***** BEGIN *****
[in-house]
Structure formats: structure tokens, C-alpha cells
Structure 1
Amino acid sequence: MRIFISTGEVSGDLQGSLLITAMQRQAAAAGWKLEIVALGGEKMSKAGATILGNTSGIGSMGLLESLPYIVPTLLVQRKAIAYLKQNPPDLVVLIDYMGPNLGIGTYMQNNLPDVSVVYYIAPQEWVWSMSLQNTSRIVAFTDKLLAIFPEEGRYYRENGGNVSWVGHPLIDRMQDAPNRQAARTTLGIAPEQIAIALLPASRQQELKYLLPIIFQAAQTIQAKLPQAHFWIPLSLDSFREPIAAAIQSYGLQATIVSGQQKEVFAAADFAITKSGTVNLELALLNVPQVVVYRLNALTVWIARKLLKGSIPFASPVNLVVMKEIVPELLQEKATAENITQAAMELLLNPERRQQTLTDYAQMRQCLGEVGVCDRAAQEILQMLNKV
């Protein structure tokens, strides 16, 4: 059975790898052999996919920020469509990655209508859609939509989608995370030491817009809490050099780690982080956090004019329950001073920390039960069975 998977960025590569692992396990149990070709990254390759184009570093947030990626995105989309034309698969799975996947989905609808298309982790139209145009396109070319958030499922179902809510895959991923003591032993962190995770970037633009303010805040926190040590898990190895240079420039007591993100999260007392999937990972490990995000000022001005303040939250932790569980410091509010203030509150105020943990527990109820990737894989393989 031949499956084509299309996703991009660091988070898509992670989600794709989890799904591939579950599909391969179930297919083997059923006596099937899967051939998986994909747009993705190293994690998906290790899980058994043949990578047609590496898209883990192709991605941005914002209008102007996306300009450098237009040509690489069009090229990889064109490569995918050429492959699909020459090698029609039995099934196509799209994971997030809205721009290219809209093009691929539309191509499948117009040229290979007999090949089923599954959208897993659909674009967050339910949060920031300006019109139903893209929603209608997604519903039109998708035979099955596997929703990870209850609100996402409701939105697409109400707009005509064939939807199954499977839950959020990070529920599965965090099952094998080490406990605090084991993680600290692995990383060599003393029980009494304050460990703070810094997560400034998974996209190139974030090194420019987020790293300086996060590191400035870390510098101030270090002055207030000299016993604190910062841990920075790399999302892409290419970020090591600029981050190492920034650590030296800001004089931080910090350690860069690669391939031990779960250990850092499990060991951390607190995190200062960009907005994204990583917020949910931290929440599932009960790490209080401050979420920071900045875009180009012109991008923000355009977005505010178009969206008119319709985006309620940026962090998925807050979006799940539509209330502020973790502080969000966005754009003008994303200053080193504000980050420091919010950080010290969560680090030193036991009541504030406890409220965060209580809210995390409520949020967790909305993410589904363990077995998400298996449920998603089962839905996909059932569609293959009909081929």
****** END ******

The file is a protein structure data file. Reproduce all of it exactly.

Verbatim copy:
[in-house]
Structure formats: structure tokens, C-alpha cells
Structure 1
Amino acid sequence: MRIFISTGEVSGDLQGSLLITAMQRQAAAAGWKLEIVALGGEKMSKAGATILGNTSGIGSMGLLESLPYIVPTLLVQRKAIAYLKQNPPDLVVLIDYMGPNLGIGTYMQNNLPDVSVVYYIAPQEWVWSMSLQNTSRIVAFTDKLLAIFPEEGRYYRENGGNVSWVGHPLIDRMQDAPNRQAARTTLGIAPEQIAIALLPASRQQELKYLLPIIFQAAQTIQAKLPQAHFWIPLSLDSFREPIAAAIQSYGLQATIVSGQQKEVFAAADFAITKSGTVNLELALLNVPQVVVYRLNALTVWIARKLLKGSIPFASPVNLVVMKEIVPELLQEKATAENITQAAMELLLNPERRQQTLTDYAQMRQCLGEVGVCDRAAQEILQMLNKV
């Protein structure tokens, strides 16, 4: 059975790898052999996919920020469509990655209508859609939509989608995370030491817009809490050099780690982080956090004019329950001073920390039960069975 998977960025590569692992396990149990070709990254390759184009570093947030990626995105989309034309698969799975996947989905609808298309982790139209145009396109070319958030499922179902809510895959991923003591032993962190995770970037633009303010805040926190040590898990190895240079420039007591993100999260007392999937990972490990995000000022001005303040939250932790569980410091509010203030509150105020943990527990109820990737894989393989 031949499956084509299309996703991009660091988070898509992670989600794709989890799904591939579950599909391969179930297919083997059923006596099937899967051939998986994909747009993705190293994690998906290790899980058994043949990578047609590496898209883990192709991605941005914002209008102007996306300009450098237009040509690489069009090229990889064109490569995918050429492959699909020459090698029609039995099934196509799209994971997030809205721009290219809209093009691929539309191509499948117009040229290979007999090949089923599954959208897993659909674009967050339910949060920031300006019109139903893209929603209608997604519903039109998708035979099955596997929703990870209850609100996402409701939105697409109400707009005509064939939807199954499977839950959020990070529920599965965090099952094998080490406990605090084991993680600290692995990383060599003393029980009494304050460990703070810094997560400034998974996209190139974030090194420019987020790293300086996060590191400035870390510098101030270090002055207030000299016993604190910062841990920075790399999302892409290419970020090591600029981050190492920034650590030296800001004089931080910090350690860069690669391939031990779960250990850092499990060991951390607190995190200062960009907005994204990583917020949910931290929440599932009960790490209080401050979420920071900045875009180009012109991008923000355009977005505010178009969206008119319709985006309620940026962090998925807050979006799940539509209330502020973790502080969000966005754009003008994303200053080193504000980050420091919010950080010290969560680090030193036991009541504030406890409220965060209580809210995390409520949020967790909305993410589904363990077995998400298996449920998603089962839905996909059932569609293959009909081929």